This year, I will take a hiatus from my garden for a number of reasons. I will miss the daily reminders of these simple life lessons. But perhaps next year, I will choose to garden once again.

Turning the Tables #atozchallenge

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Spring has brought warm weather here in New England, and we are beginning to open windows and leave our doors ajar to let the breezes bring fresh air into the house. In our kitchen, we have a deep windowsill, and during the winter, when the windows aren’t open, things tend to collect there. Often, these items are placed there, then forgotten.

The other night, as we sat down to dinner at the table, it was warm in the kitchen despite the open front door. I surveyed the windowsill, which was cluttered with things that had not been put in their proper places.

“W, you’re going to have to clean off the windowsill so we can start opening that window,” I said, knowing that most of the time, the stuff that lands there belongs to him.

He turned and looked at the sill, most likely mentally calculating the amount of work required to complete the task. “That’s not all mine,” he determined. “J puts it there when she cleans off the table for dinner.”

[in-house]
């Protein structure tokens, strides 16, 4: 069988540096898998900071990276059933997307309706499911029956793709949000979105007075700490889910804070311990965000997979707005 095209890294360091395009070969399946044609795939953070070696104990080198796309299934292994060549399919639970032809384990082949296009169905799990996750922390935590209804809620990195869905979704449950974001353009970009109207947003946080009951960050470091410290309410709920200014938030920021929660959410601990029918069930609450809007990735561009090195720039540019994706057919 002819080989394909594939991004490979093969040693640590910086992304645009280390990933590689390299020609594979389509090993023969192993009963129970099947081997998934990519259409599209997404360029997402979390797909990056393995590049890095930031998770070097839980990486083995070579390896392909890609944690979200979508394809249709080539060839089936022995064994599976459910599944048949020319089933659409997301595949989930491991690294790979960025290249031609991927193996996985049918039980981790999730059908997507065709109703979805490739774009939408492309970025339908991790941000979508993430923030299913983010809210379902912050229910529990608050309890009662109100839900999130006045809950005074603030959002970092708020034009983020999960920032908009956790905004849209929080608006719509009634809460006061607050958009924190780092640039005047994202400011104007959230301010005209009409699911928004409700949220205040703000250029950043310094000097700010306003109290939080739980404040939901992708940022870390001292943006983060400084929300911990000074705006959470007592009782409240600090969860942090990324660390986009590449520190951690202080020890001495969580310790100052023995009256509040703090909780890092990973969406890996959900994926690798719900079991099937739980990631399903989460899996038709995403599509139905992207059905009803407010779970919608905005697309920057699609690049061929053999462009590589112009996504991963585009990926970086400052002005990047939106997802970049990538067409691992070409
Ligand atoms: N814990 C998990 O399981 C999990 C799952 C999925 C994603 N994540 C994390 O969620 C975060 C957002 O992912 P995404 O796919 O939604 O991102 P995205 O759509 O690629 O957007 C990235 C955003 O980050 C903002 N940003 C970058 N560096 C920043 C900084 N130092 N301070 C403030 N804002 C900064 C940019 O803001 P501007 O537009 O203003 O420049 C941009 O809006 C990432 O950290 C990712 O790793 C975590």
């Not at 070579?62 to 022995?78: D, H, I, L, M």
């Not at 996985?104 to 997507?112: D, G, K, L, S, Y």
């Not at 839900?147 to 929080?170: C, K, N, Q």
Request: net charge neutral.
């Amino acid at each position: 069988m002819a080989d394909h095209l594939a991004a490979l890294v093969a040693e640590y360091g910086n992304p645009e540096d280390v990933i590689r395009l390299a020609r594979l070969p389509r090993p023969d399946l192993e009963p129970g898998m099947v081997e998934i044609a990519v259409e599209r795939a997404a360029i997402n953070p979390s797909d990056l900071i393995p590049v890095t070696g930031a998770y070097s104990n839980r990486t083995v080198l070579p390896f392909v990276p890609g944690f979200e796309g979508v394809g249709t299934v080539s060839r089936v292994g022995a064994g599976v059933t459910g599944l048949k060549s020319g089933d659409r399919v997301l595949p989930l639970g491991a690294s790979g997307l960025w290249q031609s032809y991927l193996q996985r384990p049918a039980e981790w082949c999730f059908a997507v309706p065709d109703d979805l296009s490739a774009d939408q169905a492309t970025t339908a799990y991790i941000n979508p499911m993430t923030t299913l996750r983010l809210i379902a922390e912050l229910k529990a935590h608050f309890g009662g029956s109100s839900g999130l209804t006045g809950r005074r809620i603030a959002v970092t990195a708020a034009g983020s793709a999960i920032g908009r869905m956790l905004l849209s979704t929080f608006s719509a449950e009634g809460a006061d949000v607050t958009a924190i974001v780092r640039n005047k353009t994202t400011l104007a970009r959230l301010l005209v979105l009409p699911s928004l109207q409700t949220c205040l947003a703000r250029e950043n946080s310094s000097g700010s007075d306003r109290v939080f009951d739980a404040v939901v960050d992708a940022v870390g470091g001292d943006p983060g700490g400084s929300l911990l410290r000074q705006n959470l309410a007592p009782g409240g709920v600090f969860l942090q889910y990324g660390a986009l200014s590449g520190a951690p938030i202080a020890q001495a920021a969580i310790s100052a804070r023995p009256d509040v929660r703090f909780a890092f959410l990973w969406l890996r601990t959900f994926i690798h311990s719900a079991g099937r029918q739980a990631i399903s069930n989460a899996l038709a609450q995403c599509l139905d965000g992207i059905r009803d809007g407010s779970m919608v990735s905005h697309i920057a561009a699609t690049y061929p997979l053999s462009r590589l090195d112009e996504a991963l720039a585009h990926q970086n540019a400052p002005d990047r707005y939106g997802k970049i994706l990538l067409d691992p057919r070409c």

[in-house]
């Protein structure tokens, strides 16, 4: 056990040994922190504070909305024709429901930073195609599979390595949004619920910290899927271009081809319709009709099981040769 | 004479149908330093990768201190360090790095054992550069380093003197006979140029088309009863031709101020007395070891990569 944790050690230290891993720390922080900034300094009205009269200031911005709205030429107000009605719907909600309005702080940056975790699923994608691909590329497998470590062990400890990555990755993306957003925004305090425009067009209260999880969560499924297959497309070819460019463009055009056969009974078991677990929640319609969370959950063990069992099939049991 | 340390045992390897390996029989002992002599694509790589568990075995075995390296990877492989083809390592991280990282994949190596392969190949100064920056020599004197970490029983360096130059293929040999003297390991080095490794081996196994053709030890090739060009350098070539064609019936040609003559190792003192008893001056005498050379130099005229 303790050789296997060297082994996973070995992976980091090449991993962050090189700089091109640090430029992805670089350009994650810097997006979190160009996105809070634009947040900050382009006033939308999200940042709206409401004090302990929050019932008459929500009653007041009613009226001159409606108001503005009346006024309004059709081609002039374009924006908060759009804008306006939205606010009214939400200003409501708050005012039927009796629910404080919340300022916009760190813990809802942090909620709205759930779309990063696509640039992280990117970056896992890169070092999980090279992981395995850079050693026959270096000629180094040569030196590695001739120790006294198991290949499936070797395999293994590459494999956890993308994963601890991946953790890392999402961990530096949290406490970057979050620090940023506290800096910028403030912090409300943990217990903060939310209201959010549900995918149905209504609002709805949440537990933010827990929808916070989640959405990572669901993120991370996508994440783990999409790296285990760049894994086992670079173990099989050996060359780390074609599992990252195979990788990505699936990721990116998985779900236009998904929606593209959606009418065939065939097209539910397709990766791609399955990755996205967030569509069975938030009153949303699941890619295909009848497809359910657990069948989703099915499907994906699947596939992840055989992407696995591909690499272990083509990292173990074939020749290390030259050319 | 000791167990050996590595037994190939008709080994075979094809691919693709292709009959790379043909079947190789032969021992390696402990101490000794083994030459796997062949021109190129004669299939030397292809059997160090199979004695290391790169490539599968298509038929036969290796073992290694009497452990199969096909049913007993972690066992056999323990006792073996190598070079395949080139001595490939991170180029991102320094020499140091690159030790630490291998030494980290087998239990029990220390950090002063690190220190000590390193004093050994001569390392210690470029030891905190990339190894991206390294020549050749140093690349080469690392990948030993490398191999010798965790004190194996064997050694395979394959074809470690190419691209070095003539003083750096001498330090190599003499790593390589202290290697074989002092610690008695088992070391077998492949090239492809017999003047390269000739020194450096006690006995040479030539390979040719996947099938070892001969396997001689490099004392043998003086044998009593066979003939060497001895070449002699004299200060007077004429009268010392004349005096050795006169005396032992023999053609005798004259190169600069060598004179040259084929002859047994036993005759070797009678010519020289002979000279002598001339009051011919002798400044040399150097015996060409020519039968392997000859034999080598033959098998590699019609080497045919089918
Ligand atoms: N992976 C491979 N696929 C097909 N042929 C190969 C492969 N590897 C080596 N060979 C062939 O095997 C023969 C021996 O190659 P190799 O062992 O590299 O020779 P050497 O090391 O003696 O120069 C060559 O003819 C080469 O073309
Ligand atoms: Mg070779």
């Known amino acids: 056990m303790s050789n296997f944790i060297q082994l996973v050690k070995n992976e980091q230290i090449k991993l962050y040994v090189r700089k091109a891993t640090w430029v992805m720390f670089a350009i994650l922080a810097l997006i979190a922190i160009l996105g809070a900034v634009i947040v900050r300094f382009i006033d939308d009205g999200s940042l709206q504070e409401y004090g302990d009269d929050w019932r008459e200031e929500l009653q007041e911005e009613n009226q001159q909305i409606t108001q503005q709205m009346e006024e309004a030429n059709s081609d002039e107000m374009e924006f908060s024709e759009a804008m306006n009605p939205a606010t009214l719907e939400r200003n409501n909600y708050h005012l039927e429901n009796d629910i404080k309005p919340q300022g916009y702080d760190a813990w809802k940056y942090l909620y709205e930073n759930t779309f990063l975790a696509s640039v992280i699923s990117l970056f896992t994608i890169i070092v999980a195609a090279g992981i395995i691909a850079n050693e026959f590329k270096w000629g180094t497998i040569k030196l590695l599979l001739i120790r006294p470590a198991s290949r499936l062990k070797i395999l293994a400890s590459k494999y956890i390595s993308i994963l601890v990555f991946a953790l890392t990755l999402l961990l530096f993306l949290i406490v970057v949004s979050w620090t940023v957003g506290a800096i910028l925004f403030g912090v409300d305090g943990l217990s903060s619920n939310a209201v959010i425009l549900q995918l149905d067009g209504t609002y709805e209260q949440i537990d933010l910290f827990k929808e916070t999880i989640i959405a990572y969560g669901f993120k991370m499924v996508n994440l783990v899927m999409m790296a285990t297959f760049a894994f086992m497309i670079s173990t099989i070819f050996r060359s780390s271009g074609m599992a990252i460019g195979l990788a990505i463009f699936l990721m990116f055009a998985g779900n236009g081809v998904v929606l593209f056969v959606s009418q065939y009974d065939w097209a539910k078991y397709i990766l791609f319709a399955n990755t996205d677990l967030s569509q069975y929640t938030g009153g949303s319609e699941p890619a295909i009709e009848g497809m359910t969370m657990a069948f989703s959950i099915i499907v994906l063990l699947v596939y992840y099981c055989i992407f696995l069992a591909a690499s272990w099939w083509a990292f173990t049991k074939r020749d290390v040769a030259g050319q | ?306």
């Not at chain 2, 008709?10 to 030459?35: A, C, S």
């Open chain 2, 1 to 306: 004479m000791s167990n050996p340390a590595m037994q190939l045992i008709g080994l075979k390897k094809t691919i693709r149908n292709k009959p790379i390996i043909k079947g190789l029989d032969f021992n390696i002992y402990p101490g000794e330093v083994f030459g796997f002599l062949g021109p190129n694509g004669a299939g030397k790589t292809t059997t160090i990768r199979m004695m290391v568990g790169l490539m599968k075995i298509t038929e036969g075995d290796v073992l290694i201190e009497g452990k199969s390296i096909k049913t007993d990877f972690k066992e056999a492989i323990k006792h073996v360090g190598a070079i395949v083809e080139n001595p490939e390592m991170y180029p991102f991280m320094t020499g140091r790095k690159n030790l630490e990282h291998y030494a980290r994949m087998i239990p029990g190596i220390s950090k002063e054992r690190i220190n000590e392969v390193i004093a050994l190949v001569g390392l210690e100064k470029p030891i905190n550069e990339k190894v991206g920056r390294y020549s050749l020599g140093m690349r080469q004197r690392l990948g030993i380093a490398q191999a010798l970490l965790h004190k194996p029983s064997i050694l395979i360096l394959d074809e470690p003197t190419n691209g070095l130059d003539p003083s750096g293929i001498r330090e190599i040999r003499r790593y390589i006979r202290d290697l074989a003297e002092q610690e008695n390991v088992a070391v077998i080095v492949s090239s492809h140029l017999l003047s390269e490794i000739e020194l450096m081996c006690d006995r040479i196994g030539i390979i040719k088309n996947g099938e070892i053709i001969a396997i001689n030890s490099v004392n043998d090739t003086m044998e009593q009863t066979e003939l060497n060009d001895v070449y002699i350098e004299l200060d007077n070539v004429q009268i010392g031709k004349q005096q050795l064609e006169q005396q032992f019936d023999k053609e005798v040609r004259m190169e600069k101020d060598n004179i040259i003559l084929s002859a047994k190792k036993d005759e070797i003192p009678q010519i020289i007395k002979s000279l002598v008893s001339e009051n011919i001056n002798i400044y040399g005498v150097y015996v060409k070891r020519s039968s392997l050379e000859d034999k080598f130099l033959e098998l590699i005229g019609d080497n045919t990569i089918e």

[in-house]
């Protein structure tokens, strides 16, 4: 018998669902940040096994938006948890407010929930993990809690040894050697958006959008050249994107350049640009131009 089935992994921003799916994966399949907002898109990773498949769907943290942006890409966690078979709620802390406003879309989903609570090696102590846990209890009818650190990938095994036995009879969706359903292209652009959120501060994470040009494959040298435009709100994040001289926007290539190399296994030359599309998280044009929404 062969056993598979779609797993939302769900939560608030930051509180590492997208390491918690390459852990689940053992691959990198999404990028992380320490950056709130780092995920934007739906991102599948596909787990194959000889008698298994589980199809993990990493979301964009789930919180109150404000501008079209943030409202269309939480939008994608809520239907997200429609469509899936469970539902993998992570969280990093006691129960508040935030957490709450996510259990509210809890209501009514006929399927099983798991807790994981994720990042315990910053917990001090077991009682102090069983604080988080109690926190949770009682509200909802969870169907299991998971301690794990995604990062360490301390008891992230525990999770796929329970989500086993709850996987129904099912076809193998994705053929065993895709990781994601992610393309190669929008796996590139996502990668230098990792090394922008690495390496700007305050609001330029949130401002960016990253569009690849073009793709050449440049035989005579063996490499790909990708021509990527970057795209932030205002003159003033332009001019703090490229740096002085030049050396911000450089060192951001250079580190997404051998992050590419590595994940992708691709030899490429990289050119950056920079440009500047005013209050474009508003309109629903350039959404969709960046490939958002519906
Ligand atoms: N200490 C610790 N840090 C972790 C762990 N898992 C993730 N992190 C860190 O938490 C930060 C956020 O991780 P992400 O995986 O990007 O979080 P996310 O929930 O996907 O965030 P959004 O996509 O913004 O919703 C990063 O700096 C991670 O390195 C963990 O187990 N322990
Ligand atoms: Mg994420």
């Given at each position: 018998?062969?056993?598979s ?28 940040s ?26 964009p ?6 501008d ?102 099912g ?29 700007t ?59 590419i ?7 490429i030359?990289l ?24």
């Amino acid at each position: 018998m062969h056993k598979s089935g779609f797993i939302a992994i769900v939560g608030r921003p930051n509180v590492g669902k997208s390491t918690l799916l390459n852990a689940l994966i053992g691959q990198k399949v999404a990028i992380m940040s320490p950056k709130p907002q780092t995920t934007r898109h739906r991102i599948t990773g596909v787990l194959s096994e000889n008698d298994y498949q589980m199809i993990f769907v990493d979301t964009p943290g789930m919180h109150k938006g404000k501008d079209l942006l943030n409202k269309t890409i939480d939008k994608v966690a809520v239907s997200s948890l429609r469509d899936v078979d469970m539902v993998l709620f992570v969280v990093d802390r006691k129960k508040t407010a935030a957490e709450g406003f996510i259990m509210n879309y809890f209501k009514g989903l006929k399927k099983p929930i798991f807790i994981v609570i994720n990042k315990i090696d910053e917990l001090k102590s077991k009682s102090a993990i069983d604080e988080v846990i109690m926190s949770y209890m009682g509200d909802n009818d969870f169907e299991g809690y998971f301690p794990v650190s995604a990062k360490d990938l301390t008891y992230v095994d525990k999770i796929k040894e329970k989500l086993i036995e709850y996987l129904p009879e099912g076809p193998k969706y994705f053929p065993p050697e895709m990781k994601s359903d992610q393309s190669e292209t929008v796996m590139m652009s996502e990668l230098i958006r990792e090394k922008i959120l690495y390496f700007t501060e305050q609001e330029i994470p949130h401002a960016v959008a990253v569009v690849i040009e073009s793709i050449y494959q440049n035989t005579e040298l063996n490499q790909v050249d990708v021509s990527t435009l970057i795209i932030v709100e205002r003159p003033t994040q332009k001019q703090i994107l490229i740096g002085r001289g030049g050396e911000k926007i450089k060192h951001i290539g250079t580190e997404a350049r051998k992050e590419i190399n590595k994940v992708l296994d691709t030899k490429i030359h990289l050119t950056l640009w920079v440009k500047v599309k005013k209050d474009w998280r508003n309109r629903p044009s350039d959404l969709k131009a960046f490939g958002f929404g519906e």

“Well,” I thought for a minute. “What about those lifesavers?” I had watched him take a couple each morning on his way out the door to the bus. “What are the lifesavers doing on the windowsill?”

“Those?” he asked, pointing to the opened bag and the white candies scattered over the pile of magazines and mail. He looked me straight in the eye. “Those aren’t mine.”

I tipped my head in question. “Yes they are. You have been eating them.”

“Yeah, but they’re not mine. They’re C’s.”

With the mention of his name, C snapped to attention. “Those lifesavers are not mine!” he exclaimed. “I don’t know what you’re talking about.”

“Yes they are,” W confirmed. “They’re the ones you took to Dad’s house.”

“Oh,” he suddenly appeared sheepish. “Is that where they went?” He looked more carefully at the windowsill.

“Those are the lifesavers you took to your father’s?” I asked.

“Yeah,” the two boys confirmed, simultaneously.

“I guess they’re mine then,” C shrugged.

“If those are the ones you took to your father’s, they’re mine,” I stated, deciding to claim them since the boys were still arguing over them. After all, I paid for them. Then again, by that standard, there wasn’t much in the house that didn’t belong to me.

“Okay, they’re yours then,” W said decisively. He paused for half a second, then turned to look at me, his eyes penetrating and his face comically stern. He took on my tone and inflection. “So Mom… what are the lifesavers doing on the windowsill?”